QoL worsens with levodopa-induced complications in PD
Levodopa-induced complications can lead to significant worsening of quality of life (QoL) in Asian patients with Parkinson’s disease (PD), necessitating that clinicians monitor their patients closely and promptly manage such complications, according to a longitudinal local study.
The observational, short-term longitudinal study involved 78 patients (mean age 67.3 years, 66.7 percent, 93.6 percent Chinese) with PD from Singapore General Hospital. They were assessed on levodopa-induced complications using the Unified Parkinson’s Disease Rating Scale part IV (UPDRS IV) and on patient-reported QoL using the 39-item Parkinson’s Disease Questionnaire (PDQ-39) at baseline and 1-year follow-up. [Sci Rep 2019;9:9248]
Among the levodopa-induced complications reported, dyskinesia was the least frequent (13.5 percent) while fluctuations in off symptoms were the most common complication (55.9 percent) at baseline.
At 1 year, there was a trend towards worsening of dyskinesia complications in terms of duration and severity compared with baseline. More patients spent increasing proportion of their waking time having dyskinesia, and this was observed across all quartiles of dyskinesia duration: the proportion of patients having dyskinesia ≤25 percent of their waking day increased from 5.1 percent at baseline to 16.7 percent at 1 year, from 1.3 percent to 2.6 percent for those with dyskinesia 26–50 percent of their waking day, and from 1.3 percent to 2.3 percent for those with dyskinesia 51–75 percent of their waking day.
More patients also reported having more disabling dyskinesia at 1 year than baseline, with increases from 5.1 percent to 9.0 percent for mildly disabling dyskinesia and from 1.3 percent to 2.6 percent for moderately disabling symptom.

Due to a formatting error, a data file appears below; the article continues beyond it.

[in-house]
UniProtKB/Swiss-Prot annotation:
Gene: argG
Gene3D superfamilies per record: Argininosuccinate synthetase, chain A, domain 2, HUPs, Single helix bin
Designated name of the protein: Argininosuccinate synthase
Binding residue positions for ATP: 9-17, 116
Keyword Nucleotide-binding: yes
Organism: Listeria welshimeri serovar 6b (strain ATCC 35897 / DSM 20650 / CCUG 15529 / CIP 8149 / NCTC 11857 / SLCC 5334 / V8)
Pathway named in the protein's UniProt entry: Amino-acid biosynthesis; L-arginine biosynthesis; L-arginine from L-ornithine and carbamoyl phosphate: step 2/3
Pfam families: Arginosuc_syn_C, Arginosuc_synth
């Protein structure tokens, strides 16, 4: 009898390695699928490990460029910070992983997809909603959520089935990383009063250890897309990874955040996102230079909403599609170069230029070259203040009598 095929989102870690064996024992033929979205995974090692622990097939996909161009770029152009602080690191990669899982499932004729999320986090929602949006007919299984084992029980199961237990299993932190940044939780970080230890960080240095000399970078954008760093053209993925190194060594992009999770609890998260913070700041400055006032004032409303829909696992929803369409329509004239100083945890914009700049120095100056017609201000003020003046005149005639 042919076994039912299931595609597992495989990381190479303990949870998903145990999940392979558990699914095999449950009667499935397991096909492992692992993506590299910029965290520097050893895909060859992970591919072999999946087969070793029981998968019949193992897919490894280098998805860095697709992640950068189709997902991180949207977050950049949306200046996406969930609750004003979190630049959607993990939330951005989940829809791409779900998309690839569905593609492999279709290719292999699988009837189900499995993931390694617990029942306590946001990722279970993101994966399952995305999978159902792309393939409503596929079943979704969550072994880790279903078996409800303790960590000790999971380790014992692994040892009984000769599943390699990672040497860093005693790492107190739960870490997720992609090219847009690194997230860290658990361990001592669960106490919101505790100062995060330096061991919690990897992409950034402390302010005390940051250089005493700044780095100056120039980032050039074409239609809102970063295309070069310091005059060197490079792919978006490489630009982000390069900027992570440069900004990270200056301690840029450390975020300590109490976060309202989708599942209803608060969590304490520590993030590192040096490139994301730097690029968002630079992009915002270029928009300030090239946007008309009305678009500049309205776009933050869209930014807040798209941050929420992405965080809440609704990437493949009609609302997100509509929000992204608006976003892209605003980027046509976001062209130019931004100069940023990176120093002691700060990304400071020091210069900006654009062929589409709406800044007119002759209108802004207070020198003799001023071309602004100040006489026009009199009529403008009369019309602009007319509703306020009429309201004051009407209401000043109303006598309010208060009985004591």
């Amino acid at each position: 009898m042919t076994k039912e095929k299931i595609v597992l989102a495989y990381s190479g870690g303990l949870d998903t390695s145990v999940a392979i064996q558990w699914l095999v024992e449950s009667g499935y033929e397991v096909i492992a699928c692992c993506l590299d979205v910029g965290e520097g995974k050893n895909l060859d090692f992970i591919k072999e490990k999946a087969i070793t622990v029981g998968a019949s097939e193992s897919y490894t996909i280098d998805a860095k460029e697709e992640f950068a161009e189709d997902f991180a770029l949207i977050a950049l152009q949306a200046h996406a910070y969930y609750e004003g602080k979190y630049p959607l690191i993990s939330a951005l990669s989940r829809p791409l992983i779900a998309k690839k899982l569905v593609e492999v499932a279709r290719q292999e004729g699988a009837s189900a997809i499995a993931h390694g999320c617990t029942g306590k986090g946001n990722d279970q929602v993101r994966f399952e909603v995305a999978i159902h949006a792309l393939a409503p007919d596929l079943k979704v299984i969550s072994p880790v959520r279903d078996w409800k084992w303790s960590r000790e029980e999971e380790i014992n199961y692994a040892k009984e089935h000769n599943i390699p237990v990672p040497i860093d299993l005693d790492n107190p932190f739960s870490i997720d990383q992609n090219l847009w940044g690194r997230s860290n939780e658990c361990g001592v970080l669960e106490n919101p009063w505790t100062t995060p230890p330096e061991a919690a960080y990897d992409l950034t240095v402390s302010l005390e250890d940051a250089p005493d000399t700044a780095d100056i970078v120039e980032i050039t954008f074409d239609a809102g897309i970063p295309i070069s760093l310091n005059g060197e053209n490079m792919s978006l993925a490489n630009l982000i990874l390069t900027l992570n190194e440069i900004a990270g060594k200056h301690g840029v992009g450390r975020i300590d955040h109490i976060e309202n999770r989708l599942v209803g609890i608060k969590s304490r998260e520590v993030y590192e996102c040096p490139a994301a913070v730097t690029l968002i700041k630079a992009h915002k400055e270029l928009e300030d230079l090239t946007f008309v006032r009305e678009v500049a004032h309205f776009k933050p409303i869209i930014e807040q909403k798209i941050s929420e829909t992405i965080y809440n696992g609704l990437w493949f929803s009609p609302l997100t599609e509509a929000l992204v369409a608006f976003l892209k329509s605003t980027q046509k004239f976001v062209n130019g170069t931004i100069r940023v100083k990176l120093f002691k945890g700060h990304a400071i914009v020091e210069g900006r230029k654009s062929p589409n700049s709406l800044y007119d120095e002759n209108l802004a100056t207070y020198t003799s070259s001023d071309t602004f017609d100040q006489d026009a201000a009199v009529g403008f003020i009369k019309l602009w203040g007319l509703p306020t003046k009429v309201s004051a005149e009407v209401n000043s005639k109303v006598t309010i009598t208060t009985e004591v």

In addition, their off periods became longer, more sudden and unpredictable at 1 year, as indicated on the UPDRS IV.
Following worsening of levodopa-induced complications at follow-up, patient-reported QoL also worsened significantly, as indicated by the summary index (SI) score of PDQ-39. In particular, declines in the domains of activities of daily living (p=0.000), emotional well-being (p=0.005), cognition (p=0.001), and communication (p=0.015) were observed.
“Therefore, when addressing patients’ complaints, clinicians may prioritize addressing treatment complications related to these domains,” pointed out the researchers led by Dr Prakash Kumar of Duke‐NUS Medical School, Singapore.
Furthermore, the researchers found an association between change in UPDRS IV total score PDQ-SI (p=0.014), supporting the notion that worsening of levodopa-induced complications was predictive of QoL.
“Other lesser predictive factors included female gender, NMSS* total score and UPDRS III total score,” said Kumar and co-authors. “The findings suggest that patients with these factors may be anticipated to have worsening of QoL over time if their symptoms are not managed appropriately.”
“This substantiates the importance for clinicians to closely monitor and promptly manage the levodopa therapy-induced complications that may arise in PD patients,” they added.
Nonetheless, they also acknowledged that the homogenous population with mostly mild to moderate stages of PD (Hoehn and Yahr scale stage <3) may limit the generalizability of the findings to those with more severe motor complications in more advanced disease stages.
“This is an on-going study and patients are still continuously being assessed and followed up,” the researchers said.
“Further studies that involve developing strategies for effective management, delaying the onset, or even possibly preventing these complications will be valuable to explore,” they suggested.